Using a “vector” — a virus stripped of its disease-causing ability — scientists are able to safely deliver corrected genes into targeted cells. In the case of SMA type 1, the AAV9 vector crosses the blood-brain barrier and delivers corrected copies of the SMN1 gene into motor neuron cells in the brain.
AveXis’ AVXS-101 has generated excitement in large part due to clinical trial observations of babies who received this gene therapy showed marked increases in SMN production and in movement – with most participant even talking and sitting without assistance. If additional studies confirm these results, the breakthrough-designated drug could be filed for FDA-approval later this year.
As a one-shot treatment, AVXS-101, if approved, offers the potential of a one-and-done cure for SMA, differentiating it from Spinraza’s three-times-a-year dosing schedule.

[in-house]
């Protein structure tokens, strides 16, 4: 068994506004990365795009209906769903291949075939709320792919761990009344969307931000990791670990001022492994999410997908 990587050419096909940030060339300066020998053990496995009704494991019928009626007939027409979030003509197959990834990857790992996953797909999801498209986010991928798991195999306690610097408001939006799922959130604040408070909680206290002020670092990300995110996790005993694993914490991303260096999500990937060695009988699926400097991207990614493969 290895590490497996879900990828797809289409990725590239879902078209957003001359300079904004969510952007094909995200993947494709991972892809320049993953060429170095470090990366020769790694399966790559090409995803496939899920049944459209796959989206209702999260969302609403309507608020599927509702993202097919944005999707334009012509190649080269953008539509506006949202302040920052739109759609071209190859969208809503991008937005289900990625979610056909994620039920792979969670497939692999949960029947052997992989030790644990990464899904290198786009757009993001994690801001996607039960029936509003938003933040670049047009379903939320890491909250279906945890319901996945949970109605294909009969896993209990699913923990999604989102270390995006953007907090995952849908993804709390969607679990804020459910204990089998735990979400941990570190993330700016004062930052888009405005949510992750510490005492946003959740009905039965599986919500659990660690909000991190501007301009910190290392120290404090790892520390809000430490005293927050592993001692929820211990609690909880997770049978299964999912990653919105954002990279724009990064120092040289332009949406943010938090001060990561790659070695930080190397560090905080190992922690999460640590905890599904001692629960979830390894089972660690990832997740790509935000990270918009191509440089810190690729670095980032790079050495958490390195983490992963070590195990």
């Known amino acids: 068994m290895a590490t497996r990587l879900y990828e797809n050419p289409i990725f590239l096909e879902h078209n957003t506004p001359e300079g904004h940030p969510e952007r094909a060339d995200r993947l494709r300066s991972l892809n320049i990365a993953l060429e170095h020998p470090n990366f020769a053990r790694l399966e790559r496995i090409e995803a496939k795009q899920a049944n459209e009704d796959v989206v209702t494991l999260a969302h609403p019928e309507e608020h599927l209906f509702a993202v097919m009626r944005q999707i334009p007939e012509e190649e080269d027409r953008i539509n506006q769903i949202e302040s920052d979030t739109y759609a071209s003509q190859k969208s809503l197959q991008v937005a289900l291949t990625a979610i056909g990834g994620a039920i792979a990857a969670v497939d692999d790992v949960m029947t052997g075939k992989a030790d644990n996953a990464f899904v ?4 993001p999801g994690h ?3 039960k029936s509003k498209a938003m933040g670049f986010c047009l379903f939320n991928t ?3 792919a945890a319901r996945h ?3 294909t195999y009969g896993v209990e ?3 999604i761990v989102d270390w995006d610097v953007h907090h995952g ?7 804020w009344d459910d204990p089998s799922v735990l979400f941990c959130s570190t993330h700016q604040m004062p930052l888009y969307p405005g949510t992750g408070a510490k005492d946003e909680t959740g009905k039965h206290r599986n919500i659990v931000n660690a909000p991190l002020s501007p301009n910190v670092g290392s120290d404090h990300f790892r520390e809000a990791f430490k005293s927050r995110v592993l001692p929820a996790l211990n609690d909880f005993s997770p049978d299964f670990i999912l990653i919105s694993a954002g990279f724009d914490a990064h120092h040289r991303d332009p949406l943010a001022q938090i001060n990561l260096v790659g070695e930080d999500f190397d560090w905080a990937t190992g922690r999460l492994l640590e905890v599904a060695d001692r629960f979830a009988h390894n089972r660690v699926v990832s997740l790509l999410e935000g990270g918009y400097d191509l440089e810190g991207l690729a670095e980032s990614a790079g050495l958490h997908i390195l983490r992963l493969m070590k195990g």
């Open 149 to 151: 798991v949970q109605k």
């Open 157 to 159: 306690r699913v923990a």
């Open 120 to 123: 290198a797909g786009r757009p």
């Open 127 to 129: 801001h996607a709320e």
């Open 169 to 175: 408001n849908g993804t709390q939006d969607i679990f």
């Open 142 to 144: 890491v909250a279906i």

SMALL MOLECULE ENHANCERS
PTC Therapeutics (South Plainfield, NJ) — in partnership with Roche (Basel, Switzerland) — has begun Phase II clinical studies on its proprietary small molecule drug, RG67916. RG67916 is similar to Spinraza in that it changes the way nerve cells process the SMN2 mRNA, resulting in increased production of functional SMN protein. However, there is a notable difference is the delivery mechanism — Spinraza is an injectable while RG67800 is a pill.
SMA is a truly devastating disease. Since its genetic basis was first discovered two decades ago, researchers have made substantial progress in understanding the disease and coming up with ways to target its molecular basis. 2018 might just be the year when that molecular understanding translates into the closest thing yet to a cure.
Emily Burke, PhD has worked in biopharma for 20 years, gaining science writing experience at The Scripps Research Institute and Ionis Pharmaceuticals. As a Ph.D. molecular biologist, she is passionate about advancing the public’s understanding of science. In addition to being a self-proclaimed “science geek,” she is regularly asked to speak at international scientific meetings. When not teaching and writing the WEEKLY for Biotech Primer, Dr. Burke swims with her swim club and performs regularly on the improv circuit in San Diego.